For secondary CAS, treating the underlying disease is the main stay of treatment.
Autoimmune hemolytic anemia
Most wnemia of PCH are self-limited. Treatment is usually symptomatic and also includes keeping the patient warm. Patients generally respond to steroids and immunosuppressive agents and splenectomy has been successfully employed.
To optimize the recovery, the underlying diseases have to be treated as well. Usually within several days of discontinuing the drug, this type of AIHA gets resolved, occasionally adala may be required for complete resolution. RBC transfusion if needed should be given, however, these red cells autlimun be hemolyzed at a similar rate as the endogenous red cells particularly when donor unit is cross-match incompatible.
Although RBC transfusion is not a contraindication in AIHA, however its use should be limited to cases of life-threatening anemia or a high risk of cardiac or cerebrovascular ischemic events. The serologic work-up is made complicated by the panagglutinating warm autoantibodies that often mask the existing alloantibodies thus rendering cross-match incompatible.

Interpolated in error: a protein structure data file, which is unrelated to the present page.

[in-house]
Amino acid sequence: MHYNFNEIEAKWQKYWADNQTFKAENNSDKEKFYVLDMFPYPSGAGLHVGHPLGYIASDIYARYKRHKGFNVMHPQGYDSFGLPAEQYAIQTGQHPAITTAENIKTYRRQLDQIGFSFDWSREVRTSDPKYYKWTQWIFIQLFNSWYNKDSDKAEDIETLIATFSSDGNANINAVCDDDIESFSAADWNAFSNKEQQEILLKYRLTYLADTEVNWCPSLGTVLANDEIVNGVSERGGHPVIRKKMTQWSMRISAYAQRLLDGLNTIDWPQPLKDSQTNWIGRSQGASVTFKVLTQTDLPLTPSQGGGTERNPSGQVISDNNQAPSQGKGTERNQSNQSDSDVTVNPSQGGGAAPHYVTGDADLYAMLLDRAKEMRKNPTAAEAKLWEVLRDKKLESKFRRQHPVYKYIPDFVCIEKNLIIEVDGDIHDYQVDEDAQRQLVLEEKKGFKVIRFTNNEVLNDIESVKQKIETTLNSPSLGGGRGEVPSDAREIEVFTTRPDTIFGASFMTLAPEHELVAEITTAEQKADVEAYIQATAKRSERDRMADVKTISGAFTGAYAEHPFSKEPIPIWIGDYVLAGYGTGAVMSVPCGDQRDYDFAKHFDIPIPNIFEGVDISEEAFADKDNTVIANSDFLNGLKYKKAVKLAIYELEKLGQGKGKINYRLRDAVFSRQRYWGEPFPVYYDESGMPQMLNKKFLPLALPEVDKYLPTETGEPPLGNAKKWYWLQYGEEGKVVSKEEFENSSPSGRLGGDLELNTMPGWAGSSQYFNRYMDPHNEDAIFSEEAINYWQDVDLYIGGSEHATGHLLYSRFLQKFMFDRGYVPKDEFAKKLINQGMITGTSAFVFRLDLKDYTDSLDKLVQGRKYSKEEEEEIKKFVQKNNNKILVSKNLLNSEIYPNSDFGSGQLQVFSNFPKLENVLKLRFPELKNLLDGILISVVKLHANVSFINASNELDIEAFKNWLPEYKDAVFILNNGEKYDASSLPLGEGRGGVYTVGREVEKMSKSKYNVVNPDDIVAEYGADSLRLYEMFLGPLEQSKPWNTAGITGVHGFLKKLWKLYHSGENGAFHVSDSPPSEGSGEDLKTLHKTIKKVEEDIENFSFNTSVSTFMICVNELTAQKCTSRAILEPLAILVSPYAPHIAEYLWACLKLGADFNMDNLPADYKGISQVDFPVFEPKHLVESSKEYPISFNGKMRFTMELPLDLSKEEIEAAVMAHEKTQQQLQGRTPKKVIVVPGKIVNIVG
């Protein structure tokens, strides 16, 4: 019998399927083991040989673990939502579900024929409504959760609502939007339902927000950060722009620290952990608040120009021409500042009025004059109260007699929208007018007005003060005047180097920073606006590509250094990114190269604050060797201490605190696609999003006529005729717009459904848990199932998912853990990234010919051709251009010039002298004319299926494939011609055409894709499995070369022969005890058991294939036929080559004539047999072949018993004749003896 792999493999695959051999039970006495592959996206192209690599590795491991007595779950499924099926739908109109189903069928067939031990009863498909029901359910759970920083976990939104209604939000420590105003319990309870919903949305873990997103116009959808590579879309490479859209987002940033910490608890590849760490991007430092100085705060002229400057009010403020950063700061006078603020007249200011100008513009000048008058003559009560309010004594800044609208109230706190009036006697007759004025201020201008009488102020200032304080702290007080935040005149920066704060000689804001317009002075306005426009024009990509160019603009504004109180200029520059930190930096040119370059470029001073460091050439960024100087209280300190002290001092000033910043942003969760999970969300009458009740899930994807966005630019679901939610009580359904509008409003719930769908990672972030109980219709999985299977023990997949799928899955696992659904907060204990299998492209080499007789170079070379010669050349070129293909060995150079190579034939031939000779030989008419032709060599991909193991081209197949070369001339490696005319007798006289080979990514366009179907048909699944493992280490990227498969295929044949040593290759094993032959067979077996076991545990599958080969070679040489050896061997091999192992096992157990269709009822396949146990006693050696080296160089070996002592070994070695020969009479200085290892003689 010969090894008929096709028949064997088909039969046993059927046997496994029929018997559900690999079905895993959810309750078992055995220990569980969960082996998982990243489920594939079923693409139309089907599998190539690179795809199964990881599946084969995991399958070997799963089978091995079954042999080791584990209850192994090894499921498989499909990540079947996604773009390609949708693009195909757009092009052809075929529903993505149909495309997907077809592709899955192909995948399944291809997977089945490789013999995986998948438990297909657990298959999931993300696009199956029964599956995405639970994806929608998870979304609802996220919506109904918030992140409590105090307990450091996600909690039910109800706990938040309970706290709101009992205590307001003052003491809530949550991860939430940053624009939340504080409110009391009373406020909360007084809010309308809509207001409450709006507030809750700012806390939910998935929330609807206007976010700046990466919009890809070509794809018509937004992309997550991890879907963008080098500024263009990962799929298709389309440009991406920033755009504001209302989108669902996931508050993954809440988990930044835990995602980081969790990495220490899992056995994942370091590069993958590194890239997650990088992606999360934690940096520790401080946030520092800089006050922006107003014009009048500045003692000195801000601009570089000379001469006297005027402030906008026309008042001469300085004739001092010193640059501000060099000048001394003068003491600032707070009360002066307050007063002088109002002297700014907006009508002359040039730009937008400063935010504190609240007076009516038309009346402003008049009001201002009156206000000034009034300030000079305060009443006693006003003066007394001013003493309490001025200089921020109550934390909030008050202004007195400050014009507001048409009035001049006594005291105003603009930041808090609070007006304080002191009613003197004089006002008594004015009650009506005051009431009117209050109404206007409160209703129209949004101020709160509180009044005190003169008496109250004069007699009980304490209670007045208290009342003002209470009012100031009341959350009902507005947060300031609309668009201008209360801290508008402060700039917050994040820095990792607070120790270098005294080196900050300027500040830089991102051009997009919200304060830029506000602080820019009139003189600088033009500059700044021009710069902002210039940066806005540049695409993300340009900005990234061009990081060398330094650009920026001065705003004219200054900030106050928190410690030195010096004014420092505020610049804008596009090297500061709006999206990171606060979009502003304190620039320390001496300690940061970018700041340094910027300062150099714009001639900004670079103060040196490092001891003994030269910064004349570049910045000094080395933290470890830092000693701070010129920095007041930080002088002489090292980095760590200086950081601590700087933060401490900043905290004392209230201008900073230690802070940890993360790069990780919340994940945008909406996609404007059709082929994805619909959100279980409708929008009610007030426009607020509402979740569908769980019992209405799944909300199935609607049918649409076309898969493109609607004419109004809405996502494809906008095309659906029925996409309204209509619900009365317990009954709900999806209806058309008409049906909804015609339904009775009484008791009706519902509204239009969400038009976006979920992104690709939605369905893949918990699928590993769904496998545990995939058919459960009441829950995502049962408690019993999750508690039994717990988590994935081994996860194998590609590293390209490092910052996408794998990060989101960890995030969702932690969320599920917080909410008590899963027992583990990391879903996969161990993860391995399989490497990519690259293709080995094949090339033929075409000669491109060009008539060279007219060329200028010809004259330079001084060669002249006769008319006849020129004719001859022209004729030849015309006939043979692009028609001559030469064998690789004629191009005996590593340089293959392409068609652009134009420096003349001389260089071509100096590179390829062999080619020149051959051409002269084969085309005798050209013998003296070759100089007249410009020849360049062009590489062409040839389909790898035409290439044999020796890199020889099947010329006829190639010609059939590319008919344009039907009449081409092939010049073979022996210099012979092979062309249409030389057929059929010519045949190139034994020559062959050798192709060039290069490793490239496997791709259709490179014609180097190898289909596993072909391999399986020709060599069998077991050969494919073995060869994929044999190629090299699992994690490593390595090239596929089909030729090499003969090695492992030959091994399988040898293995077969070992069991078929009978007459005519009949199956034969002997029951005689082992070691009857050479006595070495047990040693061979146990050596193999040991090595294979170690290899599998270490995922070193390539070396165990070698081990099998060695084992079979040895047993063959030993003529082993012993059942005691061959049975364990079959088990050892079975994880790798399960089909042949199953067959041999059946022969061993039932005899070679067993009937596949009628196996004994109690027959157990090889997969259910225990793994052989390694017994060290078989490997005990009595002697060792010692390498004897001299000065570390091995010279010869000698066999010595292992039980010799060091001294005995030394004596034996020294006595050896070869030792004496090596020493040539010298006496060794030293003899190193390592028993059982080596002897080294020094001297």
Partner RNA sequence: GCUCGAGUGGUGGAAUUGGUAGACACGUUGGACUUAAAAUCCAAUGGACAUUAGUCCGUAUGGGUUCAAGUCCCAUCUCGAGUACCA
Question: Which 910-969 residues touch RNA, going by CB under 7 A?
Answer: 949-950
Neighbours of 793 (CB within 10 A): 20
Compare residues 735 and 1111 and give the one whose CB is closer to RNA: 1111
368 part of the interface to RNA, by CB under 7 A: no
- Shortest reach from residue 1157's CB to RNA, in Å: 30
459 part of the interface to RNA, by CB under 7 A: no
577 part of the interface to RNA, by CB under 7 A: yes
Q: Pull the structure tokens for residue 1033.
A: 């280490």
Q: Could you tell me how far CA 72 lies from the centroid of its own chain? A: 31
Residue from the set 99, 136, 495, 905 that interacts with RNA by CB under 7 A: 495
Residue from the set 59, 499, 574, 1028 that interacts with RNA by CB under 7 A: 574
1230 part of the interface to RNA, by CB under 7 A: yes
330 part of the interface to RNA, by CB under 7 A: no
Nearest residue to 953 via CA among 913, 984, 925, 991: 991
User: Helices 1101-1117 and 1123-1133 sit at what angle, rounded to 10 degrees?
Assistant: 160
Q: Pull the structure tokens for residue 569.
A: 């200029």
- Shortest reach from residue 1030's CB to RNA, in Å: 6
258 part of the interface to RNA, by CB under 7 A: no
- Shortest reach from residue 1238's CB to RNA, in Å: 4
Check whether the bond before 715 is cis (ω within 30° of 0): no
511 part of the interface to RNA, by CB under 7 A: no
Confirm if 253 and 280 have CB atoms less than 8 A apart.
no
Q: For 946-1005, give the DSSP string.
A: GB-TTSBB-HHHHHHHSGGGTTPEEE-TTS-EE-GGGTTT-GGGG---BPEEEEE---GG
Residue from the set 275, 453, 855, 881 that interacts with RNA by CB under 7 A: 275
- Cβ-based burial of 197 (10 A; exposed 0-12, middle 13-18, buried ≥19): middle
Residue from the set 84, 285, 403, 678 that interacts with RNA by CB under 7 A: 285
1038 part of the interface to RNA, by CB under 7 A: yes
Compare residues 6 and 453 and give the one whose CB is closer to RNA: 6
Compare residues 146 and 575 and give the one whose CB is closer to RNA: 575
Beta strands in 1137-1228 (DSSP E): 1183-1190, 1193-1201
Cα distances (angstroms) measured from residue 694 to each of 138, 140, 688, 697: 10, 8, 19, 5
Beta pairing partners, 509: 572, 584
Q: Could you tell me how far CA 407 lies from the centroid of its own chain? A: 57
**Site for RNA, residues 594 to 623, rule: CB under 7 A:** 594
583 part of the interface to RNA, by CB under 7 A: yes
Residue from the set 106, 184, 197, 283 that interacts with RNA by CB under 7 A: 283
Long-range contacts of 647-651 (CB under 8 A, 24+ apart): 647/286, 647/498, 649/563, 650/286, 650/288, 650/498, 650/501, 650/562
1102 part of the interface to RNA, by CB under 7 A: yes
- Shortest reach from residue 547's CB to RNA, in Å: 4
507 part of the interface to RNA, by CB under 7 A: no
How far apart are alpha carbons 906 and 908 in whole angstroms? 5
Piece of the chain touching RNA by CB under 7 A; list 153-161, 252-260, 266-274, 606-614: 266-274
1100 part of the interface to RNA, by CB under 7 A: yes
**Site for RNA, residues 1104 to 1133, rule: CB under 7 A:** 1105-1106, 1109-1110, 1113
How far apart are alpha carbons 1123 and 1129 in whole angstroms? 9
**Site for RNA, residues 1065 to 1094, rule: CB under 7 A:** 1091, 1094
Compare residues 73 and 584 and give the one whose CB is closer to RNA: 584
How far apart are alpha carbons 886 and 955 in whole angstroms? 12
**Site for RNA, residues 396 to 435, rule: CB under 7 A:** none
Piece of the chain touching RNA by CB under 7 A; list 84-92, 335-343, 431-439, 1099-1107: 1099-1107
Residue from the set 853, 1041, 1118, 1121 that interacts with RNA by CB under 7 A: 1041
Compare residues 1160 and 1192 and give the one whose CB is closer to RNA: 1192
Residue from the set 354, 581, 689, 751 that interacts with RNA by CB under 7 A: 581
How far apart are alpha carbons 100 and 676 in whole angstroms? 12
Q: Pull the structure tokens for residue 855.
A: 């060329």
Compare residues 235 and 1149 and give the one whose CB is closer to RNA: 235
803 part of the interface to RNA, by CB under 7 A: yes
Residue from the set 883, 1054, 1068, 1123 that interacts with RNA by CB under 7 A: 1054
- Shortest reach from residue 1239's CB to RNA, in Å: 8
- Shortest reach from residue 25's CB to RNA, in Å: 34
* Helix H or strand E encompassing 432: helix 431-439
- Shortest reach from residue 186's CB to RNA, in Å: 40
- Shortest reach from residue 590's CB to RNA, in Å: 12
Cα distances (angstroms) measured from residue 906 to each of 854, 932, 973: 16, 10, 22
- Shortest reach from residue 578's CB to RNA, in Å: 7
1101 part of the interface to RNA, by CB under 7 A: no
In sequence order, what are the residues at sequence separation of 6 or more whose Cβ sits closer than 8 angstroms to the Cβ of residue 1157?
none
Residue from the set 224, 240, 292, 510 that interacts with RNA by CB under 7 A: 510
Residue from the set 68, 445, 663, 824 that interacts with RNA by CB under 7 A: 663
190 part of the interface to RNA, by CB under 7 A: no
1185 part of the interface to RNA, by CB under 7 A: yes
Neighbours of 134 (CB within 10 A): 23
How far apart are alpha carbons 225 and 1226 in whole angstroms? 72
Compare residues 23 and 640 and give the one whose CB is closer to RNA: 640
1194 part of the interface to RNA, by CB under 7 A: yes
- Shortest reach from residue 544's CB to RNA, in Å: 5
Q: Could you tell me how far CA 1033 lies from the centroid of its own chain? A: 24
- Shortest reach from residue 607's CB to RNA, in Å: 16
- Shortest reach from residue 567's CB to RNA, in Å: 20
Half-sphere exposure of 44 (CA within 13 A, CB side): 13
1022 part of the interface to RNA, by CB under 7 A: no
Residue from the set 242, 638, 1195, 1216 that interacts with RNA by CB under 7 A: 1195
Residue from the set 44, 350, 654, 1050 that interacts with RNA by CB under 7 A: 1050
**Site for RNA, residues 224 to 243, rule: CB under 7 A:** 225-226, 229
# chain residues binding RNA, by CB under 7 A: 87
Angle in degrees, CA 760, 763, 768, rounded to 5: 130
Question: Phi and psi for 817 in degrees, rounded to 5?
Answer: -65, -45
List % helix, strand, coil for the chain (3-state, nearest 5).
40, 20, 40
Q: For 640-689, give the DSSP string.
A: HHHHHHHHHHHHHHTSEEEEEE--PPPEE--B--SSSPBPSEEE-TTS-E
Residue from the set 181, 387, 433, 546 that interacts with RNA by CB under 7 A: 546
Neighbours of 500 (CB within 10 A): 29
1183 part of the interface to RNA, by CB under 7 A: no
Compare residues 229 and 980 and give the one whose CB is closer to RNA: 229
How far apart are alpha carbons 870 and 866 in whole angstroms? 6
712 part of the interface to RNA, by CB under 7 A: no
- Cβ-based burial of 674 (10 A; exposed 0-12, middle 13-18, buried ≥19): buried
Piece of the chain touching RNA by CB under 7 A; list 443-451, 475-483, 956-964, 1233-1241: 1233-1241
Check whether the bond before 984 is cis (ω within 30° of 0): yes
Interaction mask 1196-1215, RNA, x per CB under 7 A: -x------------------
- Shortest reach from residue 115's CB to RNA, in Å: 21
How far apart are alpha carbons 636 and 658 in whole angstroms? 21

If the patient has not been recently transfused and does not have a high titer autoantibody, autoadsorption techniques can eliminate the confounding autoantibody and andmia the risk. When transfusion is needed then the heemolitik incompatible unit should be issued and the infusion should be slow and carefully monitored.
Donor RBCs are destroyed at the same rate as autologous RBCs unless the autoantibodies exhibit specificity, in which case antigen-negative units should be transfused if available. In CAS, red cell transfusions are only indicated when there is a life-threatening anemia causing crisis.